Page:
6 You must care for it[a] until the fourteenth day of this month, and then the whole community[b] of Israel will kill it around sundown.[c]
Exodus 12:6tn The text has וְהָיָה לָכֶם לְמִשְׁמֶרֶת (vehaya lakem lemishmeret, “and it will be for you for a keeping”). This noun stresses the activity of watching over or caring for something, probably to keep it in its proper condition for its designated use (see 16:23, 32-34).
Exodus 12:6tnHeb “all the assembly of the community.” This expression is a pleonasm. The verse means that everyone will kill the lamb, i.e., each family unit among the Israelites will kill its animal.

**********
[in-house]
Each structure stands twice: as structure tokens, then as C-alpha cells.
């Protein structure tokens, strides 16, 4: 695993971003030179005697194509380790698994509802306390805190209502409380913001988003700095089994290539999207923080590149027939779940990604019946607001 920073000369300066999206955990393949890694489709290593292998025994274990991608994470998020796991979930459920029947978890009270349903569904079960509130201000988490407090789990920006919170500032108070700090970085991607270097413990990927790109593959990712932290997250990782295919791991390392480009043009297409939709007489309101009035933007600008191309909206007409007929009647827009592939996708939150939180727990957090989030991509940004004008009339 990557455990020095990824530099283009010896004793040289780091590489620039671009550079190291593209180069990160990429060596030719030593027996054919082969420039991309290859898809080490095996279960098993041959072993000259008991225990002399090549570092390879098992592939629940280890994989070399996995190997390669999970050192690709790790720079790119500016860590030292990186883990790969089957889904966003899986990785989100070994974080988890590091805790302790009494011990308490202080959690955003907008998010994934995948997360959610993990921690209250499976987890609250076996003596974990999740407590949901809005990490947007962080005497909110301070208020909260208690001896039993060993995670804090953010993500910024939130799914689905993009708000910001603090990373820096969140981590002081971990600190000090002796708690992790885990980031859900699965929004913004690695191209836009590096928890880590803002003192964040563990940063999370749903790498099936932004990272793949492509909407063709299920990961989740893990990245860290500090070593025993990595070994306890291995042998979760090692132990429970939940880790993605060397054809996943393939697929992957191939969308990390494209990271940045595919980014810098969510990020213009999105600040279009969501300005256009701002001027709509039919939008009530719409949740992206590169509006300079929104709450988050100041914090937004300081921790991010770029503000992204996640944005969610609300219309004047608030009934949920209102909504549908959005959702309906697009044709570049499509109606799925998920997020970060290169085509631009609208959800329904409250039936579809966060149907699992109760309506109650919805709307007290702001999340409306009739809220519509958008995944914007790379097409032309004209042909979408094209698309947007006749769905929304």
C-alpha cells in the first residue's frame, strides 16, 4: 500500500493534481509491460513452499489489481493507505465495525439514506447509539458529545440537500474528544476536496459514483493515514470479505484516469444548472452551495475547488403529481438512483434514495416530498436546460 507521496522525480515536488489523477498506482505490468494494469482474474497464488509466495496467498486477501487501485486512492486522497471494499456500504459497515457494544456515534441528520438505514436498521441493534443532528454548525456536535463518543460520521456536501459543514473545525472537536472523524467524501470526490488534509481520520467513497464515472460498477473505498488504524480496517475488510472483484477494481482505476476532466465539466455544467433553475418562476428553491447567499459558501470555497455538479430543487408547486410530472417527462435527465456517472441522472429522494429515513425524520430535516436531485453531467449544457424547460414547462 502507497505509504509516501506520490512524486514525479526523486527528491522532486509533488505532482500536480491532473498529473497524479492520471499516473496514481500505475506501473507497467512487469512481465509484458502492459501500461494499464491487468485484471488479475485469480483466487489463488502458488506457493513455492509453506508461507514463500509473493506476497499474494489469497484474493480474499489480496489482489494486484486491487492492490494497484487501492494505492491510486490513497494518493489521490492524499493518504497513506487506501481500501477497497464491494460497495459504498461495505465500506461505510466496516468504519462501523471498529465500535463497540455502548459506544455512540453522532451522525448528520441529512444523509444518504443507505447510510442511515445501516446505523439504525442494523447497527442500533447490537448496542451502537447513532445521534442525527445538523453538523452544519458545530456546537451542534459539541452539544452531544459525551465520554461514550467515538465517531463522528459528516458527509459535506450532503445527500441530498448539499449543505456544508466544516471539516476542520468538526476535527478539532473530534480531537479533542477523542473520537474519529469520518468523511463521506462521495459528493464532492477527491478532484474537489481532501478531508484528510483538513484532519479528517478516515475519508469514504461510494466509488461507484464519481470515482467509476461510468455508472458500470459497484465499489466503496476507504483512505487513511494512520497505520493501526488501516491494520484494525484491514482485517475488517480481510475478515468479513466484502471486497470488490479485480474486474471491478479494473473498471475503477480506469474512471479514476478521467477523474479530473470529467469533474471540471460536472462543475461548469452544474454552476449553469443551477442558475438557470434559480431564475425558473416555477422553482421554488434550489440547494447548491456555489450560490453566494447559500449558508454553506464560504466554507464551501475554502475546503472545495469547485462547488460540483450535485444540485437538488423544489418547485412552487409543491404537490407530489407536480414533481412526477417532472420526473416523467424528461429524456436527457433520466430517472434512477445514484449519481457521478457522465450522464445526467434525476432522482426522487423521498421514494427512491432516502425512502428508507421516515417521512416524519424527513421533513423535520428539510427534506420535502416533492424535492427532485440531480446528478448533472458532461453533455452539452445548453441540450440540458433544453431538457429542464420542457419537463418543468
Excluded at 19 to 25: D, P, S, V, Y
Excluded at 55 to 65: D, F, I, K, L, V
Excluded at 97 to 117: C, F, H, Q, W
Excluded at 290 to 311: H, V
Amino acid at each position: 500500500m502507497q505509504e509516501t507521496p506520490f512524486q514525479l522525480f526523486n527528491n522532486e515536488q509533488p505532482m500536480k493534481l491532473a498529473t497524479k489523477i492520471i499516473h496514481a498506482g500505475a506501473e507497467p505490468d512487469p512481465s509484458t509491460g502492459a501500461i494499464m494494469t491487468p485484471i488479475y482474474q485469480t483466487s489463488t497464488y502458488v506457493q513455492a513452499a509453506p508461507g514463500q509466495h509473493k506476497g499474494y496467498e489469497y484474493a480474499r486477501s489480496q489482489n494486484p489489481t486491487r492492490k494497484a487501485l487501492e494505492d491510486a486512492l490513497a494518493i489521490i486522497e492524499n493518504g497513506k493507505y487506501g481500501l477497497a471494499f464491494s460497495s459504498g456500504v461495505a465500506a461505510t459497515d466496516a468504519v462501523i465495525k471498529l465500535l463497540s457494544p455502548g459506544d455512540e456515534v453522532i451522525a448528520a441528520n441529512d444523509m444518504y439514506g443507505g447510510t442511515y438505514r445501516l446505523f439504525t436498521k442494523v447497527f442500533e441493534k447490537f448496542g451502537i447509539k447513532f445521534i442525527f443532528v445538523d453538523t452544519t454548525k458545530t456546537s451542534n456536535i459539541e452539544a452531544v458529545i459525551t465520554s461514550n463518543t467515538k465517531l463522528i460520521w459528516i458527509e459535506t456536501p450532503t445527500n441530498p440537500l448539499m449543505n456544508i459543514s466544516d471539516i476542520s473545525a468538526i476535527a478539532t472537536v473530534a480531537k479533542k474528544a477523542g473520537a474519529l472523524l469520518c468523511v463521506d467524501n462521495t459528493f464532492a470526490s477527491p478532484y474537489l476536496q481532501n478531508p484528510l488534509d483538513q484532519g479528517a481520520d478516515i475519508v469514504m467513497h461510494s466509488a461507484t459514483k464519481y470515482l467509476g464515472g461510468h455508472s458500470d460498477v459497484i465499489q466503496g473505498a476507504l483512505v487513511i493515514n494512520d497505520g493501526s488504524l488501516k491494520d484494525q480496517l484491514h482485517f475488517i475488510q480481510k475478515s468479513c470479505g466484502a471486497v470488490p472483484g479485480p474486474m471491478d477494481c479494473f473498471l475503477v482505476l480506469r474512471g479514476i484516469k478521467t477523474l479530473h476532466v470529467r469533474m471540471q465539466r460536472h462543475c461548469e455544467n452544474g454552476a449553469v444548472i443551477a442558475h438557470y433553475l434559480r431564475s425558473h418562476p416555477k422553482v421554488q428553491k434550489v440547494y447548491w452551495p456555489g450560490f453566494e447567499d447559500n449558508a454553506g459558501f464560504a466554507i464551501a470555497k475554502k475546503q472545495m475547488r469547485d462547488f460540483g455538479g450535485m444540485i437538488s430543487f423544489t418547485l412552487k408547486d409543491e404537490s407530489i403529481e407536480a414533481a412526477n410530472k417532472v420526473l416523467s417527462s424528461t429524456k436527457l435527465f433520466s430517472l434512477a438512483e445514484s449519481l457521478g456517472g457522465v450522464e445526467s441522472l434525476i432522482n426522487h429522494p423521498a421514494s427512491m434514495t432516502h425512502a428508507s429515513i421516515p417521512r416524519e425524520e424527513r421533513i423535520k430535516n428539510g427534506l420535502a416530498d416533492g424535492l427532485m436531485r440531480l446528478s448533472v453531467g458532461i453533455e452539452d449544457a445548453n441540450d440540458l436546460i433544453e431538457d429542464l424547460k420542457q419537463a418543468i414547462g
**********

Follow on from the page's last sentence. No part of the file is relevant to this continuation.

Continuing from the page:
Exodus 12:6tnHeb “between the two evenings” or “between the two settings” (בֵּין הָעַרְבָּיִם, ben haʿarbayim). This expression has had a good deal of discussion. (1) Tg. Onq. says “between the two suns,” which the Talmud explains as the time between the sunset and the time the stars become visible. More technically, the first “evening” would be the time between sunset and the appearance of the crescent moon, and the second “evening” the next hour, or from the appearance of the crescent moon to full darkness (see Deut 16:6 “at the going down of the sun”). (2) Saadia, Rashi, and Kimchi say the first evening is when the sun begins to decline in the west and cast its shadows, and the second evening is the beginning of night. (3) The view adopted by the Pharisees and the Talmudists (b. Pesahim 61a) is that the first evening is when the heat of the sun begins to decrease, and the second evening begins at sunset, or, roughly from 3-5 p.m. The Mishnah (m. Pesahim 5:1) indicates the lamb was killed about 2:30 p.m.—anything before noon was not valid. S. R. Driver concludes from this survey that the first view is probably the best, although the last view was the traditionally accepted one (Exodus, 89-90). Late afternoon or early evening seems to be intended, the time of twilight perhaps.
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